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Grappling the high altitude for safe edible bamboo shoots with rich nutritional attributes and escaping cyanogenic toxicity.

Waikhom SD, Louis B, Sharma CK, Kumari P, Somkuwar BG, Singh MW, Talukdar NC - Biomed Res Int (2013)

Bottom Line: Adequate characterization of edible bamboo species with low level of TCC and high nutritious attributes is required for consumer's safety as well as for the conservation of the gene pool.Importantly, Dendrocalamus species are shown to be rich in TCC irrespective of the growing altitude while Bambusa species are found to have moderate level of TCC.The findings clearly demonstrated that Chimonobambusa callosa growing at high altitude represents safe edible bamboo species with nutritious attributes.

View Article: PubMed Central - PubMed

Affiliation: Institute of Bioresources and Sustainable Development (IBSD), Takyelpat, Imphal, Manipur 795001, India.

ABSTRACT
Consumption of bamboo species with high level of total cyanogenic content (TCC) in Asia by many ethnic groups is significantly associated with food poisoning and occasionally Konzo (a neurological disorder). Adequate characterization of edible bamboo species with low level of TCC and high nutritious attributes is required for consumer's safety as well as for the conservation of the gene pool. Here, we employed morphological descriptors, atomic absorption spectrophotometer, RAPD, and trnL-F intergenic spacer to characterize 15 indigenous edible bamboo species of north-east India. The study indicates that morphologically and genetically evolved edible bamboo species having large and robust bamboo-shoot texture and growing at low altitude contain high level of TCC, low antioxidant properties, and low levels of beneficial macronutrients and micronutrients. Importantly, Dendrocalamus species are shown to be rich in TCC irrespective of the growing altitude while Bambusa species are found to have moderate level of TCC. The findings clearly demonstrated that Chimonobambusa callosa growing at high altitude represents safe edible bamboo species with nutritious attributes.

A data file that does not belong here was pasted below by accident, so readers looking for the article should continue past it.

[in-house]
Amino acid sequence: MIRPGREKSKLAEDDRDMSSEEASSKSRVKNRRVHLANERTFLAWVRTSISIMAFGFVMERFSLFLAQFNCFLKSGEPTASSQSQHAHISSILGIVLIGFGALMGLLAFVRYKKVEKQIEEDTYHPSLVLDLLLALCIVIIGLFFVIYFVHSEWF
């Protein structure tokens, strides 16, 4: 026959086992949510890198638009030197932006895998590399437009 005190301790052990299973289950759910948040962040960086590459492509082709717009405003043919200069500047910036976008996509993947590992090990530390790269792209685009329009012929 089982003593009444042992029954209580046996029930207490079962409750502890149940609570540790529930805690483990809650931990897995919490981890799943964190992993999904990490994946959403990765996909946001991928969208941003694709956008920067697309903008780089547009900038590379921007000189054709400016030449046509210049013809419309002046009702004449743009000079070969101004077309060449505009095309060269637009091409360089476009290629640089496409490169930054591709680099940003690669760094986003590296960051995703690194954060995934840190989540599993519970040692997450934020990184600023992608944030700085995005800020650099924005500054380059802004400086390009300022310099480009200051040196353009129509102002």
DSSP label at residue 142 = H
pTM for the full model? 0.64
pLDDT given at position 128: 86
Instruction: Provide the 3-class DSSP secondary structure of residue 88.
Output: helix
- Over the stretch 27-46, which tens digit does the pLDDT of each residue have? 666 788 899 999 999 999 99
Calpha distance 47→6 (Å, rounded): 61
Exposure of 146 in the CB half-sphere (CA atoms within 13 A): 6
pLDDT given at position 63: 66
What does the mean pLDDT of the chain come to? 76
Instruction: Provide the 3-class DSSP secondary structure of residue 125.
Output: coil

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Related in: MedlinePlus

A maximum likelihood tree based on Hasegawa et al. [20] nucleotide substitution model. The tree is drawn to scale, with branch lengths measured in the number of nucleotide substitutions per site. Evolutionary analyses were conducted in MEGA5 [21].
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fig4: A maximum likelihood tree based on Hasegawa et al. [20] nucleotide substitution model. The tree is drawn to scale, with branch lengths measured in the number of nucleotide substitutions per site. Evolutionary analyses were conducted in MEGA5 [21].

Mentions: Based on DNA sequences, the estimated model parameters were base frequencies (A = 25%, T/U = 25%, C = 25%, and G = 25%) and substitution model [T/U↔A] = 7.10, [C↔A] = 7.10, [G↔A] = 10.80, [C↔T/U] = 10.80, [G↔T/U] = 7.10, and [G↔C] = 7.10. The estimated transition-transversion bias (R) ratio was at 0.76. The overall mean Tajima-Nei [27] evolutionary distance among the species was 0.51. In the sequence set, the entropy of the alignment (Figure S2) showed 164 patterns (out of a total of 491 sites) and 276 sites were without polymorphism (56.21%). A maximum likelihood tree with the highest log likelihood (−445.63) supported by 1000 bootstrap test of replicates showing two main clades (I and II) was generated (Figure 4). It was observed that Dendrocalamus spp. formed a close complex relationship with Bambusa spp. The tree without branch swapping evidence C. callosa has evolved differently from the rest of the edible bamboo species, thus, forming an out group.